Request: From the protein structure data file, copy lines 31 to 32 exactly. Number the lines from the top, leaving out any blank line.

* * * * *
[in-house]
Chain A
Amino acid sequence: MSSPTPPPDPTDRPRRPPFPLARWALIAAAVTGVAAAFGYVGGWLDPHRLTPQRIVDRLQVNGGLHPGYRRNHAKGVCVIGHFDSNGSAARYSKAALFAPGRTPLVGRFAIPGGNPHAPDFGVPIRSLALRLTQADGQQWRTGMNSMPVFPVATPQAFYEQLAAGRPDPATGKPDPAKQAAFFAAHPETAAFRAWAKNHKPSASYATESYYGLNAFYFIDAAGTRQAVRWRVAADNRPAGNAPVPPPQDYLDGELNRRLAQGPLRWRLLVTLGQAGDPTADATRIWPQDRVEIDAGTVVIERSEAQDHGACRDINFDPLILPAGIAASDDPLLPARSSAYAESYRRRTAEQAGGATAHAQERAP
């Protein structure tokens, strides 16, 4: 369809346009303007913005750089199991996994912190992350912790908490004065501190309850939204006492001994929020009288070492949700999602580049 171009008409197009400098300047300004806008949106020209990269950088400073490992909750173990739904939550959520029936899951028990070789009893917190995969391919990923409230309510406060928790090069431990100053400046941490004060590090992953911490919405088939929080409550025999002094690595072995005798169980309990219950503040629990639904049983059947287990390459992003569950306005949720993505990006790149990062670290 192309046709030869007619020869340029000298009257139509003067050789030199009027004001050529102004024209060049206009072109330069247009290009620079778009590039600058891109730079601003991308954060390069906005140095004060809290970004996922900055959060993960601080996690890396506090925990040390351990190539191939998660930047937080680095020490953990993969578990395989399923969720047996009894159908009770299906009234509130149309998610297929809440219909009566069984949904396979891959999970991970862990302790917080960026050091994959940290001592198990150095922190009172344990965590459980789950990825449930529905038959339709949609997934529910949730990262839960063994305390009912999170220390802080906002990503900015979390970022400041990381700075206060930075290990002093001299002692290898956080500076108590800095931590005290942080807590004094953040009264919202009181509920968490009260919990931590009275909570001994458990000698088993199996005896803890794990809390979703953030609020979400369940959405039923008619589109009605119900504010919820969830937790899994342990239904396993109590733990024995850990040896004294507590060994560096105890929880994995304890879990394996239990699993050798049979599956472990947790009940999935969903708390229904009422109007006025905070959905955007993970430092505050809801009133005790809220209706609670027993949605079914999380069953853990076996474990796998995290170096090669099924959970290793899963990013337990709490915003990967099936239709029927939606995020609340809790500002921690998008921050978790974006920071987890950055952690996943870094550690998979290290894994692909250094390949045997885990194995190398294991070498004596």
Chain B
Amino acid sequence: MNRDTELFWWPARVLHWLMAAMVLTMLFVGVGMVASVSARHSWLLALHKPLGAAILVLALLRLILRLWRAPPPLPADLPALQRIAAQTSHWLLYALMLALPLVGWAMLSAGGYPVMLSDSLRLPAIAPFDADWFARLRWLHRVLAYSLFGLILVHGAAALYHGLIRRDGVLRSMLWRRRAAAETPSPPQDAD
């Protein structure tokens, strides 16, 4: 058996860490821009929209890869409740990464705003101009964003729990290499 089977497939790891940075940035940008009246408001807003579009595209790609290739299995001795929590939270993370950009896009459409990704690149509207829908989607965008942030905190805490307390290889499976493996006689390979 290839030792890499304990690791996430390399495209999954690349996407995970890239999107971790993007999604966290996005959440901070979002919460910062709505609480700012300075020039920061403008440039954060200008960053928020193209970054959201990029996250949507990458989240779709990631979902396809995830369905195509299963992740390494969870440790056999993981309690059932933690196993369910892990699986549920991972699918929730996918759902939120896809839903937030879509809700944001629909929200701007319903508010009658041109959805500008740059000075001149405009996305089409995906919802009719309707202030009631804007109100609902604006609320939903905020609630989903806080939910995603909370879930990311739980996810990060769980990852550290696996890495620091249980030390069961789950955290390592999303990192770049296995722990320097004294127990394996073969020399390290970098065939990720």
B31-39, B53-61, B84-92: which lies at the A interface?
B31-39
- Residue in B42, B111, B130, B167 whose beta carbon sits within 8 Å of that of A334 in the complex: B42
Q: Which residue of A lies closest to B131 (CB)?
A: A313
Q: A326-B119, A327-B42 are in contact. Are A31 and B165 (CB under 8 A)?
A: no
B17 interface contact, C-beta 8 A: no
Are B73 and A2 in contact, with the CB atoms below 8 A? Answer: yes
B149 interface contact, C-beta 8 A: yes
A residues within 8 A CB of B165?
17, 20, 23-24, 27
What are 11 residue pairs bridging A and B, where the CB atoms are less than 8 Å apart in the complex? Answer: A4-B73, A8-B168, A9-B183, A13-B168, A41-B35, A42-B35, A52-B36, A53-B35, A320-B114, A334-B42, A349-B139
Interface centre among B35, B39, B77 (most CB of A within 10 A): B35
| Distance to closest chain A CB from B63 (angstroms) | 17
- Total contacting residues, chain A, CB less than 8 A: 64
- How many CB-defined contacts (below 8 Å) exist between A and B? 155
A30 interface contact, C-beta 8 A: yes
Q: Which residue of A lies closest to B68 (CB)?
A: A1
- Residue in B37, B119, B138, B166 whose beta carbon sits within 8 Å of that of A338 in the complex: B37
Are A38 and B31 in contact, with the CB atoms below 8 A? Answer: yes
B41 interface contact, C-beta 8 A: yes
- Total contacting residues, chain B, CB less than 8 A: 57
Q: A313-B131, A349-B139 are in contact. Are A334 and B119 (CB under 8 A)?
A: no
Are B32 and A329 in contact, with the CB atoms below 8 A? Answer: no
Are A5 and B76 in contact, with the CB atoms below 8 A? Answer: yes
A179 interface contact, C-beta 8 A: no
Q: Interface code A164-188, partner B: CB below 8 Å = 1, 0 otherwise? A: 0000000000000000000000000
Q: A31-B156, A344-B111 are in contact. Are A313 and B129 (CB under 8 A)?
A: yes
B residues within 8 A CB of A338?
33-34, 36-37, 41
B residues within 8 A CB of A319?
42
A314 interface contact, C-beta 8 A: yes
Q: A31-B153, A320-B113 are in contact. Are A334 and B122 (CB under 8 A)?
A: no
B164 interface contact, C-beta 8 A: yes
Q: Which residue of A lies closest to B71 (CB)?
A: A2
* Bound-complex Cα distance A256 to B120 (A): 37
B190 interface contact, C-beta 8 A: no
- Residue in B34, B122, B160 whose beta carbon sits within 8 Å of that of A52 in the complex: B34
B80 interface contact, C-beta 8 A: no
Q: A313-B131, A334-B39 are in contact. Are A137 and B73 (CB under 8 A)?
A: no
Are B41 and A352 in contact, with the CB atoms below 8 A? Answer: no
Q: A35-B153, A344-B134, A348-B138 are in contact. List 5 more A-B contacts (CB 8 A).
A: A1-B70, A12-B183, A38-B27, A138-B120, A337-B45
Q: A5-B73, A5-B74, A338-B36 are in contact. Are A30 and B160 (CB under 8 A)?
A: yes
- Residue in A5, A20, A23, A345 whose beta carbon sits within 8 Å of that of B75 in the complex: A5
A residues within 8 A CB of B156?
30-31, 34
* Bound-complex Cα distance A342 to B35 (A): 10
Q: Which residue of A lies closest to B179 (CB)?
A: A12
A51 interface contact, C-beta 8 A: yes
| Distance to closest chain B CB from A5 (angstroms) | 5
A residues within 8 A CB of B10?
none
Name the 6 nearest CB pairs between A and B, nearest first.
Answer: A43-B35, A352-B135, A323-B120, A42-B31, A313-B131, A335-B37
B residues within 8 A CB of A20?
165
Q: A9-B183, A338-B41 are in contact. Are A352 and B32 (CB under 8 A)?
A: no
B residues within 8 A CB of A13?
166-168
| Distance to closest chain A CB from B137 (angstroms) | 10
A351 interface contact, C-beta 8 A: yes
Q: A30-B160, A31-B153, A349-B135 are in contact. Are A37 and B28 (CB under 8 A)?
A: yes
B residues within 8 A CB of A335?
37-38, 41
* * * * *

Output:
- Total contacting residues, chain B, CB less than 8 A: 57
Q: A313-B131, A349-B139 are in contact. Are A334 and B119 (CB under 8 A)?